14 February 2012 - 3:05pm | posted by | 1 comment

PRCA, Meltwater Group and the Newspaper Licensing Agency react following online Copyright Tribunal ruling

PRCA, Meltwater Group and the Newspaper Licensing Agency react following online Copyright Tribunal rulingPRCA, Meltwater Group and the Newspaper Licensing Agency react

Following legal proceedings brought by the PRCA and Meltwater Group, the Newspaper Licensing Agency has been forced to lower its proposed fee increases by the Copyright Tribunal.

The tribunal, which contested the use of online news and the ability to share it freely, upheld seven of nine changes requested by the PRCA and Meltwater to the web end user licence fee that they hope will save companies in the UK over £100m over the coming three years.

The NLA had also called for anyone using Google News or Google Alerts at work to apply for a licence to do so, which prompted concern about the freedom of the internet by both appealing groups.

Francis Ingham, chief executive of the PRCA, said "Both Meltwater and the PRCA have invested huge resources ensuring the PR industry and other Internet users are not subject to unreasonable costs. The savings we have achieved for the industry highlight how important it was that we stood up to this scheme when others just accepted it. This is a huge win for Meltwater, the PRCA and its members. We have won the battle. We must now continue to fight to protect the broader principles of the Internet."

"The mandate the NLA has been given is against the ethos of the Internet and sets UK Copyright Law in a head on collision course with every day Internet users. We share their concern and will now step up our campaign to make UK copyright law fit for a digital age,” added Ingham.

Jorn Lyseggen, CEO of Meltwater, added: "The ability to browse the Internet without fear of infringing copyright has always been a fundamental Internet principle. Society is not served by these rulings in the UK and it seems that this interpretation of the law fundamentally clashes with how millions of people use the Internet every day. Meltwater is a strong believer in copyright and a strong supporter of a sustainable, independent press. However, the UK needs a copyright law that allow its citizens to use the Internet without fear of unintentional infringement."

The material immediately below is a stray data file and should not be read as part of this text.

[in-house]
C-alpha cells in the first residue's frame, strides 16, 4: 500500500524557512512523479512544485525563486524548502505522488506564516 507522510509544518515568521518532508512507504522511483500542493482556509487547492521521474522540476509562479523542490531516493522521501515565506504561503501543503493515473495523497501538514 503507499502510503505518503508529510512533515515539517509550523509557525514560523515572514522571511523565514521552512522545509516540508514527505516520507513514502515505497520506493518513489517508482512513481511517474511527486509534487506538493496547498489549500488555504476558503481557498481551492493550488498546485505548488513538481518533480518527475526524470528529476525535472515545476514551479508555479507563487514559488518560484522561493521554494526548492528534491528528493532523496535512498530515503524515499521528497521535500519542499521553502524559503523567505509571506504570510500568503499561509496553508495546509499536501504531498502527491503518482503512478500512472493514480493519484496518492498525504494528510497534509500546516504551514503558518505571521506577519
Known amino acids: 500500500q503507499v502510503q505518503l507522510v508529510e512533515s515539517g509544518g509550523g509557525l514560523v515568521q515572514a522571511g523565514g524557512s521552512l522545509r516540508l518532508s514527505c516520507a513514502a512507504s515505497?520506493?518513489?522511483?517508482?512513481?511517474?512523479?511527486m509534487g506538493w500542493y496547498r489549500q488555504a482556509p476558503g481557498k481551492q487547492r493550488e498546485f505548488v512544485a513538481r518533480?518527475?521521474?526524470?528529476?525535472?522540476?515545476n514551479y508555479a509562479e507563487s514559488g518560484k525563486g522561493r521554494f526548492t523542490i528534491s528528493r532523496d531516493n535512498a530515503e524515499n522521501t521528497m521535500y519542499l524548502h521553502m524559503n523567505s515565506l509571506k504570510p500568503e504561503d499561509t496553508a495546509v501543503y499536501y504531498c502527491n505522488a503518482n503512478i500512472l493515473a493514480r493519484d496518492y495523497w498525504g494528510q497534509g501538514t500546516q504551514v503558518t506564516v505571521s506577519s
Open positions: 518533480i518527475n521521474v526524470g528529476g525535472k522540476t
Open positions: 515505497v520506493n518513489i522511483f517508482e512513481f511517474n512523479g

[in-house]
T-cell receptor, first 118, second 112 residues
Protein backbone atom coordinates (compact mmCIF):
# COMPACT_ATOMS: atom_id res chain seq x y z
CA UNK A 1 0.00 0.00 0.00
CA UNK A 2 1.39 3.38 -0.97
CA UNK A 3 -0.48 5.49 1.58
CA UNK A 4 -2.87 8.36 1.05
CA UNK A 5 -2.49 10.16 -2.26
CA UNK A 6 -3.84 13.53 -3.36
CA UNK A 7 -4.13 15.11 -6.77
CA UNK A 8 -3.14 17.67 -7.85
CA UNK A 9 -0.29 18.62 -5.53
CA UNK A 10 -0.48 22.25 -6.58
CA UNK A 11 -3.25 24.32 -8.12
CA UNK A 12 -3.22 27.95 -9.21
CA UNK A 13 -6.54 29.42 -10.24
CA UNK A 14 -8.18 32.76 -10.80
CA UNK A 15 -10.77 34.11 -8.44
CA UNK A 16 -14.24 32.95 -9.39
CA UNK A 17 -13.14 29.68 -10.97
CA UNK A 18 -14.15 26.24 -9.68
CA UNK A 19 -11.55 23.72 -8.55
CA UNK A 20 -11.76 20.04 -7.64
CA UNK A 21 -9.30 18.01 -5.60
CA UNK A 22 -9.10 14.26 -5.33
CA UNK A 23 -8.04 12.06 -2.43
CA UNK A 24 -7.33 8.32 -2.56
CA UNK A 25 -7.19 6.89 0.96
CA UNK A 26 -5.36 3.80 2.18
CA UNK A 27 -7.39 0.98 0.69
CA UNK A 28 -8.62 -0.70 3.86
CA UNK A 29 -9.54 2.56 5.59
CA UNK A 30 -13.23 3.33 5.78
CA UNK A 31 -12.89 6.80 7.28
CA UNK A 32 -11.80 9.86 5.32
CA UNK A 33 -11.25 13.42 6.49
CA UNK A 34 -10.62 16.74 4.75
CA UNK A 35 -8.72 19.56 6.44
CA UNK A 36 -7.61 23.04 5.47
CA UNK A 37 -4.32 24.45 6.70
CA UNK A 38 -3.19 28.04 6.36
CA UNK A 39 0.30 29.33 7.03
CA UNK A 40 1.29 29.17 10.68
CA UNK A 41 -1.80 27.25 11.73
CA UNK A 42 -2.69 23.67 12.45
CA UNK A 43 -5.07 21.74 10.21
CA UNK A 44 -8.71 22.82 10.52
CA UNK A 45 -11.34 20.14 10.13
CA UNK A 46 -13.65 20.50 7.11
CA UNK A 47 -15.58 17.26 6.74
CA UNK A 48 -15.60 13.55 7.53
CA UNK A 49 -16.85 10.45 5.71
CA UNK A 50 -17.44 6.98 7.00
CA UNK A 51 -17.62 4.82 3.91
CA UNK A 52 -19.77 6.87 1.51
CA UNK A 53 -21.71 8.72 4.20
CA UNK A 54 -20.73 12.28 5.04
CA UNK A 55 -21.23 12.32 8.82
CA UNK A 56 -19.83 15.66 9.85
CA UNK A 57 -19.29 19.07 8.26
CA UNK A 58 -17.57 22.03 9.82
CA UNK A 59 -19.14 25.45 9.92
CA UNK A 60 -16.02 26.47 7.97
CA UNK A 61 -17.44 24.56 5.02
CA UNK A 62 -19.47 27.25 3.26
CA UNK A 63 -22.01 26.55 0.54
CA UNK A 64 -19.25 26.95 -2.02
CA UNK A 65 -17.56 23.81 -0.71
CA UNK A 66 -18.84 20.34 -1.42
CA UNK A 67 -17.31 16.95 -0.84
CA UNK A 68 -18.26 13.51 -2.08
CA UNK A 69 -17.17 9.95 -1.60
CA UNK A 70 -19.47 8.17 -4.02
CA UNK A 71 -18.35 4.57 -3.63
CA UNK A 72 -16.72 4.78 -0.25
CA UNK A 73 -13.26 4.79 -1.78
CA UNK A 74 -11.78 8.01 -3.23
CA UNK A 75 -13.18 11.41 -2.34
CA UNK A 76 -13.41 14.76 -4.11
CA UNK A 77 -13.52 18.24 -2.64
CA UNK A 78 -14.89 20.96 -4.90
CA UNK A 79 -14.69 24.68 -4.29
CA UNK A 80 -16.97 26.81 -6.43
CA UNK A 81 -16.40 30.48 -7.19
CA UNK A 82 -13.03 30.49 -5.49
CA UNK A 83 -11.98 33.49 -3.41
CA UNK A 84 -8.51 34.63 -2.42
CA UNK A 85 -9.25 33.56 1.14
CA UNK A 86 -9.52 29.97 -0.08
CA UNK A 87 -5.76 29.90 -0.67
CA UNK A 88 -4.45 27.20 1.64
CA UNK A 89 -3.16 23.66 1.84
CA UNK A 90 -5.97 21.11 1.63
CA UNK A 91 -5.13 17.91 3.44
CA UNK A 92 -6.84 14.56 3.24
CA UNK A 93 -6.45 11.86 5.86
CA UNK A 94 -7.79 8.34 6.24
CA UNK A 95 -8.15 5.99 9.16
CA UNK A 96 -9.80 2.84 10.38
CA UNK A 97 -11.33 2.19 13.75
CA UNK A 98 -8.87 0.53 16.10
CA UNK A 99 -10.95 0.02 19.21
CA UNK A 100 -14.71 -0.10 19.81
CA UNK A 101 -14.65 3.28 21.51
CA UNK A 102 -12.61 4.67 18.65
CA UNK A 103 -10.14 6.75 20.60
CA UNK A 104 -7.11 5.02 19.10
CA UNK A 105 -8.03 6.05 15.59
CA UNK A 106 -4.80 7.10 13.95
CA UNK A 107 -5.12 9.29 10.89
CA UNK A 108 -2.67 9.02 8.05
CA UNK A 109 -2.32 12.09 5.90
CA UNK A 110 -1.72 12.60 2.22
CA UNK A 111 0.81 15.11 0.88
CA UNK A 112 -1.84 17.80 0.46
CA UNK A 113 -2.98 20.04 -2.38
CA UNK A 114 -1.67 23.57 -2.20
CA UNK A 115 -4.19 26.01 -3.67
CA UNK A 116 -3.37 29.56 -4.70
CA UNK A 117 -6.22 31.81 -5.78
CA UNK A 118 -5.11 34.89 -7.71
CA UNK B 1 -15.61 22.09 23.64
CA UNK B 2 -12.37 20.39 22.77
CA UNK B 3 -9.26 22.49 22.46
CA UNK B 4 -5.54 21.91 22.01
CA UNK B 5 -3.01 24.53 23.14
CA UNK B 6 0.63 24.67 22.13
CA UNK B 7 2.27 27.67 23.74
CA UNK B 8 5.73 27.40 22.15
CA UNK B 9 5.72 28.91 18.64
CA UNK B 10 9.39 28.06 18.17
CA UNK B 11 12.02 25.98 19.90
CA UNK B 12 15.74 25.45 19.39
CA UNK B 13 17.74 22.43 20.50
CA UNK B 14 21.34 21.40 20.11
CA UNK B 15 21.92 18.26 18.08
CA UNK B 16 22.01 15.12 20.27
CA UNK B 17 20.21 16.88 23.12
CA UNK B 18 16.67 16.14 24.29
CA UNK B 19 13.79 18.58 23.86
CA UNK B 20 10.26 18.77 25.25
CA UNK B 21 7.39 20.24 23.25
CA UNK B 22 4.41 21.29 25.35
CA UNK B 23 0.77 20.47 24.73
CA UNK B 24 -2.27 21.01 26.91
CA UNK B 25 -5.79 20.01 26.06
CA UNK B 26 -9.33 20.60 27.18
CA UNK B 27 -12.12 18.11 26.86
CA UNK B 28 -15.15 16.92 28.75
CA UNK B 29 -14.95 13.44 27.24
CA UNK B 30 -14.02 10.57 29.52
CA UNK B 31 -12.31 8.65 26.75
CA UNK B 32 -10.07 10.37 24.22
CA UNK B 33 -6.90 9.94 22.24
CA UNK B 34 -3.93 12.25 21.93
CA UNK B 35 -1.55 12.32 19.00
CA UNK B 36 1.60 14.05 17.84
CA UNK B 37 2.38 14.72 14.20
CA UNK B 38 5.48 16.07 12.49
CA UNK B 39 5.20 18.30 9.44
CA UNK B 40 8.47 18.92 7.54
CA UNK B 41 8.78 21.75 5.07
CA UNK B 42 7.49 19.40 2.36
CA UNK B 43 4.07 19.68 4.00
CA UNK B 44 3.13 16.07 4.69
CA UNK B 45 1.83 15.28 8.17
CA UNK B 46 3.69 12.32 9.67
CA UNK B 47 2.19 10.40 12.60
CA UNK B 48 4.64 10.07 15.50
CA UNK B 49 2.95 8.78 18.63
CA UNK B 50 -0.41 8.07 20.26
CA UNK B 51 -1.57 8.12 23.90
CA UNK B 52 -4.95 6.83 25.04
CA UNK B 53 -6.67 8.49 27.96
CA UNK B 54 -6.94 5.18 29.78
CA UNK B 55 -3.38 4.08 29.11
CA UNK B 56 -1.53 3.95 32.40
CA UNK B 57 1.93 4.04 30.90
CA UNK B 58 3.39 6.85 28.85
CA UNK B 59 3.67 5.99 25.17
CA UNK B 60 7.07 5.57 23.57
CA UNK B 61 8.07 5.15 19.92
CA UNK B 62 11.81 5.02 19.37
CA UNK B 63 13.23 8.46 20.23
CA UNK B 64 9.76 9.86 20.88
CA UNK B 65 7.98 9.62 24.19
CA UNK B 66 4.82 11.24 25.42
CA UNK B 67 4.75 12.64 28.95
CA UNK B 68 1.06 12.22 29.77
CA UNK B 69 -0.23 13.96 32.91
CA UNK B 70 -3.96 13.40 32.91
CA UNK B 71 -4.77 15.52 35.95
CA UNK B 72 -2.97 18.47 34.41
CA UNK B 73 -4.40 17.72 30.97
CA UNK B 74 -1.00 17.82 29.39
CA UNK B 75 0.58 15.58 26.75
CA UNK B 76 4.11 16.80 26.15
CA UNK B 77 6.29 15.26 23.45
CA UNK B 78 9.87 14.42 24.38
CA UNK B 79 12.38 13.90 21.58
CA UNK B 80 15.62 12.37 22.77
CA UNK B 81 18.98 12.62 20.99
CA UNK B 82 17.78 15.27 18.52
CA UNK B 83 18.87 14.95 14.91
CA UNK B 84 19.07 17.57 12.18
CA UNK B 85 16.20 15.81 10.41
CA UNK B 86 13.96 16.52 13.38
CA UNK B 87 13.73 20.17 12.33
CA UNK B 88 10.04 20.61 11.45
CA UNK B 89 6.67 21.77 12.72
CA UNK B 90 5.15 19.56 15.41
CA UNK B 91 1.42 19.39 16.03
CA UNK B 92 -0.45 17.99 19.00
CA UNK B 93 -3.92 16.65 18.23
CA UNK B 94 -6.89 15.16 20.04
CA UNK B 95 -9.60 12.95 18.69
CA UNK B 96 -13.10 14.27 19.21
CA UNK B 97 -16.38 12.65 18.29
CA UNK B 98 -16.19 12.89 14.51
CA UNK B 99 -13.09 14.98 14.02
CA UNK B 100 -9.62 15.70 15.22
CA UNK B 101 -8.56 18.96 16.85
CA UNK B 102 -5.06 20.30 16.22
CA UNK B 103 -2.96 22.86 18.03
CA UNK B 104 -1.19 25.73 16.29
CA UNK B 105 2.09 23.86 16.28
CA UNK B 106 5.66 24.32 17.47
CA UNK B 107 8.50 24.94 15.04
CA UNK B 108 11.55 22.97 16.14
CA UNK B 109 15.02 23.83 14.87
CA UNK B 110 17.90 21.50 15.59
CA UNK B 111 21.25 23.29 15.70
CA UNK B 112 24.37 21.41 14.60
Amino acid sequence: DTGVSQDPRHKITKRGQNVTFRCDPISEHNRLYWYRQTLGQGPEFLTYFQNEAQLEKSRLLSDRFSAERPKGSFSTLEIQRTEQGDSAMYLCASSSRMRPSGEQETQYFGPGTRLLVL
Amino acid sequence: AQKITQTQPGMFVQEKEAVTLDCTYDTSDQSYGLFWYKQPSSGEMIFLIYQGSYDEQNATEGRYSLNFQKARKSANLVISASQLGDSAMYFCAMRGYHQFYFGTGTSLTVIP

David Pugh, managing director of the NLA welcomed the decision following two court cases on the legality of licensing.

“We are pleased that the Copyright Tribunal has upheld the principle and structure of our online licensing scheme, and confirmed that Meltwater is subject to the same requirements as Media Monitoring Organisations,” commented Pugh.

“The judgment provides a measured, equitable regime that will ensure stability for both publishers and end-users alike: our customers will benefit from a transparent licensing structure and newspapers can be sure of a fair reward for their content.

“We think that all concerned will welcome the certainty that the Tribunal has provided, and we look forward to working with the newspapers, MMOs and our customers to implement the licence as quickly and as smoothly as possible.”

Simon Clark, head of Intellectual Property at Berwin Leighton Paisner, which represented the NLA and the newspapers, added: "This is an interim decision - the parties now have two months in which to try to agree a few outstanding issues, after which the Tribunal will issue its final decision setting out the exact wording of the two online licences."

Comments

15 Feb 2012 - 14:56
ahugh53854's picture

There is no 'threat to the internet' and it is factually incorrect for PRCA/Meltwater to say NLA has called for all business users of free web services to take a licence. It is also factually incorrect to say the tribunal supported their position. The tribunal agreed with NLA on licensing, its initial fees, its PRC fees, on headlines only services, and most other issues. NLA are very happy to inflation link prices in 2013 and 2014. PRCA/Meltwater are seeking to obscure simple facts. See http://copyrightblog.co.uk/2012/02/15/disruptors-disrupted-part-two/

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